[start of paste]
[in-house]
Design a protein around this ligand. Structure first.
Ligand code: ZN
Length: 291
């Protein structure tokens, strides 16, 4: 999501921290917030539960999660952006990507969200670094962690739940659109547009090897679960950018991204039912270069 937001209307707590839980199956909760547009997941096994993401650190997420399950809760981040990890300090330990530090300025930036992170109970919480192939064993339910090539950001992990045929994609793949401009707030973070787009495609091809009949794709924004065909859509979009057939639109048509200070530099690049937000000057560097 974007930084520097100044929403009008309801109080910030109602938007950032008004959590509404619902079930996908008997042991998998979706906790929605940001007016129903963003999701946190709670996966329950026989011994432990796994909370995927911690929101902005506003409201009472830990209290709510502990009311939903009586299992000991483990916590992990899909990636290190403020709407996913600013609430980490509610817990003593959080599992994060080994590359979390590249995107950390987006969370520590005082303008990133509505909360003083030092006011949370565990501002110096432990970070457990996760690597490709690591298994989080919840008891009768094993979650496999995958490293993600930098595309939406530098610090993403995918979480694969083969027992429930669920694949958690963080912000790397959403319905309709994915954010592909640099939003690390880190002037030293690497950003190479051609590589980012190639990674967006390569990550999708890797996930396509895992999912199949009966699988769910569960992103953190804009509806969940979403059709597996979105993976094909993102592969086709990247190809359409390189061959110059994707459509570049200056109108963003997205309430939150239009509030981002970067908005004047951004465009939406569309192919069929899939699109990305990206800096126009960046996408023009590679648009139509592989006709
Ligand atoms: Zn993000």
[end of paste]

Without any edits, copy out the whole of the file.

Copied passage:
[in-house]
Design a protein around this ligand. Structure first.
Ligand code: ZN
Length: 291
């Protein structure tokens, strides 16, 4: 999501921290917030539960999660952006990507969200670094962690739940659109547009090897679960950018991204039912270069 937001209307707590839980199956909760547009997941096994993401650190997420399950809760981040990890300090330990530090300025930036992170109970919480192939064993339910090539950001992990045929994609793949401009707030973070787009495609091809009949794709924004065909859509979009057939639109048509200070530099690049937000000057560097 974007930084520097100044929403009008309801109080910030109602938007950032008004959590509404619902079930996908008997042991998998979706906790929605940001007016129903963003999701946190709670996966329950026989011994432990796994909370995927911690929101902005506003409201009472830990209290709510502990009311939903009586299992000991483990916590992990899909990636290190403020709407996913600013609430980490509610817990003593959080599992994060080994590359979390590249995107950390987006969370520590005082303008990133509505909360003083030092006011949370565990501002110096432990970070457990996760690597490709690591298994989080919840008891009768094993979650496999995958490293993600930098595309939406530098610090993403995918979480694969083969027992429930669920694949958690963080912000790397959403319905309709994915954010592909640099939003690390880190002037030293690497950003190479051609590589980012190639990674967006390569990550999708890797996930396509895992999912199949009966699988769910569960992103953190804009509806969940979403059709597996979105993976094909993102592969086709990247190809359409390189061959110059994707459509570049200056109108963003997205309430939150239009509030981002970067908005004047951004465009939406569309192919069929899939699109990305990206800096126009960046996408023009590679648009139509592989006709
Ligand atoms: Zn993000």